Man surrenders in slaying of homeless woman
Toronto police have arrested a 21-year-old man and charged him with first-degree murder in the slaying of a homeless woman killed on the weekend.
The accused surrendered to police at about 1 a.m. Tuesday morning after a family member saw surveillance images of the suspect on the news on Monday, homicide Det. Chris Buck said.
Martin Horacio Denarvaez, an unemployed Greater Toronto Area resident, was to appear in court Tuesday afternoon charged with strangling 33-year-old Bly Markis.
Buck told reporters the victim and her killer had only met a short time before the slaying occurred overnight Saturday.
"There was not a lot of conversation prior to the murder. They met a short distance away from where she was discovered and the incident occurred very quickly," Buck said.
Markis' body was found in a basement stairwell in the Xerox Centre building on Bloor Street near Yonge early Sunday morning.
Nearby surveillance cameras captured the 33-year-old walking through the concourse with a man, who is later seen fleeing with Markis' purse.
Police released images of the suspect and received strong tips from the public, leading to a quick arrest.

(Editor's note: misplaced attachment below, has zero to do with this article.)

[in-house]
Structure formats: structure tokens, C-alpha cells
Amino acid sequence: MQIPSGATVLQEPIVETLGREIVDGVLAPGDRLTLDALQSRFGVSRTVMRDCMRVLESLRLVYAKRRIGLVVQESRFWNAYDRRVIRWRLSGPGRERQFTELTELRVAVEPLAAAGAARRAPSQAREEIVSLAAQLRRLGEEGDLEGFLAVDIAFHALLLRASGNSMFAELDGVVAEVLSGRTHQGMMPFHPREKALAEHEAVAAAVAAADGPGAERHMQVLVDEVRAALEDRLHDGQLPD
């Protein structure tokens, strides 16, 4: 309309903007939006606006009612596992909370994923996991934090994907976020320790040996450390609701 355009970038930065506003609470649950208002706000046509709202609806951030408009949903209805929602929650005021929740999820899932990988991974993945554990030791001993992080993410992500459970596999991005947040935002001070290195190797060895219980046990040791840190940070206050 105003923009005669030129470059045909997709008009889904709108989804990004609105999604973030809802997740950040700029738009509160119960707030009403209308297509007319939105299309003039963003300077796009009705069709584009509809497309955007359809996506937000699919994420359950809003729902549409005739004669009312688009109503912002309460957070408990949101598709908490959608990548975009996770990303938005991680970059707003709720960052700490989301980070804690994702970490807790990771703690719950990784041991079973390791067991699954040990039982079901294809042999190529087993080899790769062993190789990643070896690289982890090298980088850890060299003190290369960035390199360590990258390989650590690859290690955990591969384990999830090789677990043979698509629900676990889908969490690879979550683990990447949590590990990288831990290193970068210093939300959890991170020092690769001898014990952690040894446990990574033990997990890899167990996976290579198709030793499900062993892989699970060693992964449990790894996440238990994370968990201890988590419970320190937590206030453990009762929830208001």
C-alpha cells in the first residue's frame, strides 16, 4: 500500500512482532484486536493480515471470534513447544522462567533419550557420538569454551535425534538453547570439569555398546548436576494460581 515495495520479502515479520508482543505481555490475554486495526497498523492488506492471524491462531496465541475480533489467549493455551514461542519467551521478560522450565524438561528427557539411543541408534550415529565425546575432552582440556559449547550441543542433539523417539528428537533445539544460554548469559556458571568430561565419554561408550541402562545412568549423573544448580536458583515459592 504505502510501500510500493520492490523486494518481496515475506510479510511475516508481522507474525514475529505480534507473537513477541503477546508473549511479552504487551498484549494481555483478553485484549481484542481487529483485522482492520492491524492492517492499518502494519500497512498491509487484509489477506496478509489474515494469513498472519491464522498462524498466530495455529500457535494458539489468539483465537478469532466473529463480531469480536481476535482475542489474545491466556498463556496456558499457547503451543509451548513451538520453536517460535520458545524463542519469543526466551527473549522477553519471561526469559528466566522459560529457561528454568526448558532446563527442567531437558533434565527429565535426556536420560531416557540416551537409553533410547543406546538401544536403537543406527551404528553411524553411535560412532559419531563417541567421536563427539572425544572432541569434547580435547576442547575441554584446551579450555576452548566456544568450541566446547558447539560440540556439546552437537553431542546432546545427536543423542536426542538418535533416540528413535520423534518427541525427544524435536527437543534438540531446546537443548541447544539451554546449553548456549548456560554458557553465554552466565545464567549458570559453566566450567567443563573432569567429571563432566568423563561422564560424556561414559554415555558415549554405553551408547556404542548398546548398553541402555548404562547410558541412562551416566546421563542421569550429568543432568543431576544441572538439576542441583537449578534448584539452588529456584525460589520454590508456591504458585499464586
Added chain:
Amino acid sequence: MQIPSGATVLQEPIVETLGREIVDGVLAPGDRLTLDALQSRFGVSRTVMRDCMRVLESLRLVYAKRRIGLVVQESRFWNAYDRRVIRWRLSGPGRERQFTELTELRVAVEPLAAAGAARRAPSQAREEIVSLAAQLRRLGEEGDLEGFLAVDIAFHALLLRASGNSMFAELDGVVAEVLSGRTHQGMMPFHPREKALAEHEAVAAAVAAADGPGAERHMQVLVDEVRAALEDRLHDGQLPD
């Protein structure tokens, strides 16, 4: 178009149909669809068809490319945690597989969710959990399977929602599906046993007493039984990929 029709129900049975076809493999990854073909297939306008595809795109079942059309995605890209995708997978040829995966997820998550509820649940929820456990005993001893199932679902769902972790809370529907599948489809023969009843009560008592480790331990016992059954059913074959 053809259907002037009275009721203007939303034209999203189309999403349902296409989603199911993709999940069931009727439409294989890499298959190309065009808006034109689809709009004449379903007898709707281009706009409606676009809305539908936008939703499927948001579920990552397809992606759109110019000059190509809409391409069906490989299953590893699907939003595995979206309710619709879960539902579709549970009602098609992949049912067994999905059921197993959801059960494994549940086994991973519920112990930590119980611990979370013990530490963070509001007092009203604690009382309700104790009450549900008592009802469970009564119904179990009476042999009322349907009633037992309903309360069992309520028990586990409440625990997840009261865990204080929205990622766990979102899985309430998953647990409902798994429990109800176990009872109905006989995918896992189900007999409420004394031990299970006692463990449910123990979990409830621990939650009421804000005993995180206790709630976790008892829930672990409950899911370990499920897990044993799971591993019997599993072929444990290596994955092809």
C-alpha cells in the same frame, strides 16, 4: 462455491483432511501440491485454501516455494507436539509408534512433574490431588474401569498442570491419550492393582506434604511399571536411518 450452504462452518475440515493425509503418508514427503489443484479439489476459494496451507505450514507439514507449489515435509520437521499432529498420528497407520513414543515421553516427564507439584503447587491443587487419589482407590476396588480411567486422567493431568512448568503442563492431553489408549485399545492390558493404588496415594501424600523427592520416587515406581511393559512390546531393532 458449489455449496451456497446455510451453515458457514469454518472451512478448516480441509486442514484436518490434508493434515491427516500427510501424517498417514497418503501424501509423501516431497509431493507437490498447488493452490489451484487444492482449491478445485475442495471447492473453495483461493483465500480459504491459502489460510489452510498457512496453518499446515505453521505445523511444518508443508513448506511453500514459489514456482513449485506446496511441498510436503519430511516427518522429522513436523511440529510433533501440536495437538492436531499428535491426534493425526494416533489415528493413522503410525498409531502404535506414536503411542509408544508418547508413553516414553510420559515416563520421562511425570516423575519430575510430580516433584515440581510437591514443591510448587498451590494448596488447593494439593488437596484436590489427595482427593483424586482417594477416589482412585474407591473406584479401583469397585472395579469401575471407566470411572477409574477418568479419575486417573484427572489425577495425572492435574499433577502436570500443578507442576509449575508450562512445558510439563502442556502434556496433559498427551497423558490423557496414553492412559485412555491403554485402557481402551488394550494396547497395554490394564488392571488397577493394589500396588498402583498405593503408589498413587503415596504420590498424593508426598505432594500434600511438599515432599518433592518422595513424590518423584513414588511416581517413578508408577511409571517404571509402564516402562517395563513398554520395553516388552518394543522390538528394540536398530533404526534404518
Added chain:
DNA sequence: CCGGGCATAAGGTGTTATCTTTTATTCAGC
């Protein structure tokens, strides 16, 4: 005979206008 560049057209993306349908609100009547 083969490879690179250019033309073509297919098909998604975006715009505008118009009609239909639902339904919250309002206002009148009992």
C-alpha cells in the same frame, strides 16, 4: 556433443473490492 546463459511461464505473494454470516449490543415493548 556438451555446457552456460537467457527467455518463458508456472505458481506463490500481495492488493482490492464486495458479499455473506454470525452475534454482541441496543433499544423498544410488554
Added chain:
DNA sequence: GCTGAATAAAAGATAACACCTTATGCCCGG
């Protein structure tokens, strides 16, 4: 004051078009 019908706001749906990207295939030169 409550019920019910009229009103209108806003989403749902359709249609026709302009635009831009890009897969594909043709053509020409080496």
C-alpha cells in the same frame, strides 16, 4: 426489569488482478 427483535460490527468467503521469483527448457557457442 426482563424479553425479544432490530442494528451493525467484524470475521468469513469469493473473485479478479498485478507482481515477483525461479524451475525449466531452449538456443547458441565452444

Investigators believe the two may have entered the building to do drugs and have sex, CTV's Jim Junkin reported.
Markis grew up in North York but worked as a massage therapist in California before recently moving back to Toronto. She had become homeless after several personal struggles, according to those who knew her.
Those problems included not being able to acquire the proper qualification to continue her work in Ontario.
Street nurse Thea Prescod told the Toronto Star that Markis was trying to rebuild her life. Markis had just finished three weeks' probation after spending time in jail on drug charges.
Markis spent her nights sleeping in a nook of the west wall of the brick Sanctuary, a centre inside a church on Charles Street that assists the homeless.
An autopsy on Monday ruled Markis died of "strangulation with blunt impact facial trauma."
Buck praised the surveillance cameras for helping in the investigation.
Toronto police, meanwhile, switched on about a dozen surveillance cameras around the city on Monday as part of a six-month pilot program.
The majority of the devices are watching over the entertainment district, while several cameras are in Scarborough's Malvern community and the Jane and Finch area.
The closed-circuit cameras are recording 24 hours a day, seven days a week, but police say they won't be watching the live feeds, only reviewing footage when an incident occurs.
With a report from CTV's Jim Junkin